Photograph of the angler shown on cover is from the obverse of the Club's Gold Medal of Honor
The Angler's Club of New York is a members club at 101 Broad Street in lower Manhattan for people interested in angling.. It is adjacent to the Fraunces Tavern.
The club was founded in 1916 and in 1940 was established on the second floor of the adjoining tavern. The club had no external signage denoting its presence when a reporter for the New York Times visited the club in 1975. The food at the club was initially supplied by the Fraunces Tavern, and sent to the club by dumbwaiter. An argument between the two managers of the establishments saw an end to the culinary practice.
An honor medal presented by the Angler's Club was donated by Carl Otto Kretzschmar Von Kienbusch to the collection of the New-York Historical Society.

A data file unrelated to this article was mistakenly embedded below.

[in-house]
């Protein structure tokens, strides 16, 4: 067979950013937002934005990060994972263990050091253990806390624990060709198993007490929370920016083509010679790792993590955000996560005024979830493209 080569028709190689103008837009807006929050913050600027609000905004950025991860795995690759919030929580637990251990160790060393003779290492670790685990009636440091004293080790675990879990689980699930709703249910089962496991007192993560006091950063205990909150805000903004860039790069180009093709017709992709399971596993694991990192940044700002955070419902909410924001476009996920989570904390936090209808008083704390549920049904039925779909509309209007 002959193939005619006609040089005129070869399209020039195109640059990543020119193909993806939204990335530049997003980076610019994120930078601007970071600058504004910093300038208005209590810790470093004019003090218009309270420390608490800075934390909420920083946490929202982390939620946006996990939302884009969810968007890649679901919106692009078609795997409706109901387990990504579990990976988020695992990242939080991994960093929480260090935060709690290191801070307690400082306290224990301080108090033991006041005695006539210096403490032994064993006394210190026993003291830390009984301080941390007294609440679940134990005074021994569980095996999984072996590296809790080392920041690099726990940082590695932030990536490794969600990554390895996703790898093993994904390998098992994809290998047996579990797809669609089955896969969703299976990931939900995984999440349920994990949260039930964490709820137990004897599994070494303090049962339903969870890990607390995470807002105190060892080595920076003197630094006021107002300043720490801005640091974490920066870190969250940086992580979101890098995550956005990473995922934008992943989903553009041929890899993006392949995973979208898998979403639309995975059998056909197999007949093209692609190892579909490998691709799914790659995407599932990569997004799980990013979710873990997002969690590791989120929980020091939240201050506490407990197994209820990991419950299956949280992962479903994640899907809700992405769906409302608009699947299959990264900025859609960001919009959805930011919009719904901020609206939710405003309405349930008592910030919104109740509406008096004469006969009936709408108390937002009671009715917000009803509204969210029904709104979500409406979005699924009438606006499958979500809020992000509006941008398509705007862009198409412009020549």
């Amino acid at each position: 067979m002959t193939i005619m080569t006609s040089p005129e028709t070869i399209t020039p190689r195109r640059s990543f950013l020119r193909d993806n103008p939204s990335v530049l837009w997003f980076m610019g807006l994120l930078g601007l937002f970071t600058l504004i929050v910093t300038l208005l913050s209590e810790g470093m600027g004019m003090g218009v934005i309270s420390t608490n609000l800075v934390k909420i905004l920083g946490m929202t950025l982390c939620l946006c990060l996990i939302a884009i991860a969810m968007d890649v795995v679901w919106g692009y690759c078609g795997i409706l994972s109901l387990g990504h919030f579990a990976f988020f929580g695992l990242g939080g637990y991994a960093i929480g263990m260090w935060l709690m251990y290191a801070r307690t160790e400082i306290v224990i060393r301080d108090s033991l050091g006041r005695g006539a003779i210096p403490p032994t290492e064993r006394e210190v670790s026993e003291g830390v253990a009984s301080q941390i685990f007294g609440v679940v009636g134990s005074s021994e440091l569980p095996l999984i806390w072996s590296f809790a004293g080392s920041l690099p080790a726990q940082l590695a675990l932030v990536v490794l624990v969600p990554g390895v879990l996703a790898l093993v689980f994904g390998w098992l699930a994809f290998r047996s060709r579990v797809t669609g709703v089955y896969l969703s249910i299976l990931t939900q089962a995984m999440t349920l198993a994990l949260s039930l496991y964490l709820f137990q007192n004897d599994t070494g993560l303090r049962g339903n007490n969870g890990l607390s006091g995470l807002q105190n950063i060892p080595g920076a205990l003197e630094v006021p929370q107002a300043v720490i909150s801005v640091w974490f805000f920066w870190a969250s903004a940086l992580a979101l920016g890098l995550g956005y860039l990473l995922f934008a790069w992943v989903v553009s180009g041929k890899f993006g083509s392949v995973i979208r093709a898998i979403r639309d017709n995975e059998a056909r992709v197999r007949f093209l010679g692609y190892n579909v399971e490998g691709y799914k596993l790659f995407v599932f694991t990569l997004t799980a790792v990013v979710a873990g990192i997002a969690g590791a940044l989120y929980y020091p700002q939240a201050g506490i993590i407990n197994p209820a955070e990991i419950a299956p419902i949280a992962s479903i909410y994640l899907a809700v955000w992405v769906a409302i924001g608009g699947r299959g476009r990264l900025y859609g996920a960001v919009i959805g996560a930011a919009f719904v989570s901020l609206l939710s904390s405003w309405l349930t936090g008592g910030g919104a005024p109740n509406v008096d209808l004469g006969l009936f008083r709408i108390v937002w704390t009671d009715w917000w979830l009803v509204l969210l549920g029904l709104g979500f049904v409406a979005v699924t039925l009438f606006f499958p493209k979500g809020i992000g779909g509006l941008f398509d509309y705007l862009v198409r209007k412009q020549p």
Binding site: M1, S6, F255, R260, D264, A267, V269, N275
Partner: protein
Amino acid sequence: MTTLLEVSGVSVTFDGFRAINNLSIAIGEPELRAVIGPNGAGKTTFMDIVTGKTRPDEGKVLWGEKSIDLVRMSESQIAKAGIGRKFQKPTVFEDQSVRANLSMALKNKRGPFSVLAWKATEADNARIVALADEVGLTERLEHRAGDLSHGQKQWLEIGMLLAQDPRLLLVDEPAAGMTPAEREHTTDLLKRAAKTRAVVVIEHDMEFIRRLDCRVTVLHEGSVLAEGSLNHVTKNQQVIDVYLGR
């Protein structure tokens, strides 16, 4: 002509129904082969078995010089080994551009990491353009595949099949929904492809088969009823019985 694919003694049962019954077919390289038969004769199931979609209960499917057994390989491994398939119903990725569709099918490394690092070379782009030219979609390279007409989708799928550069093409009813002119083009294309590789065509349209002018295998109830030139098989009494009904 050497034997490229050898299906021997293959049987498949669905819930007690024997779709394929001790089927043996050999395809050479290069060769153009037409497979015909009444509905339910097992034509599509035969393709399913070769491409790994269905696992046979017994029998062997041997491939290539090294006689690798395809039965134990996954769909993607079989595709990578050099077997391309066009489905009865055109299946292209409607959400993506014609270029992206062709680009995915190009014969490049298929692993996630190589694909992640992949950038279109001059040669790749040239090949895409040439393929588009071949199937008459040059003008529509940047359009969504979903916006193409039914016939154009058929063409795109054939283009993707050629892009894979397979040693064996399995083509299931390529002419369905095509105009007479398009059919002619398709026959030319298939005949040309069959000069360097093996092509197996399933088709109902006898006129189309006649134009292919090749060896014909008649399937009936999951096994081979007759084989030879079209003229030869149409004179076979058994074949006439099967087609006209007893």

Membership The total number of members was estimated at 250 in 1975, with 150 members outside New York. The cost of annual membership was $125 in 1975 (equivalent to $601 in 2020). Prominent members have included the United States Presidents Herbert Hoover and Dwight Eisenhower. Hoover's collection of dry flies were "gathering dust but still venerated" in 1975. The financier and conservationist Laurance Rockefeller was a notable member in the 1970s. A member described the club as "a dusty, friendly luncheon club, where the only excitement had been the arguments between the men who fish for trout and the men who go after salmon" to the New York Times reporter John Corry in 1975. The club did not admit women members at the time of the New York Times visit.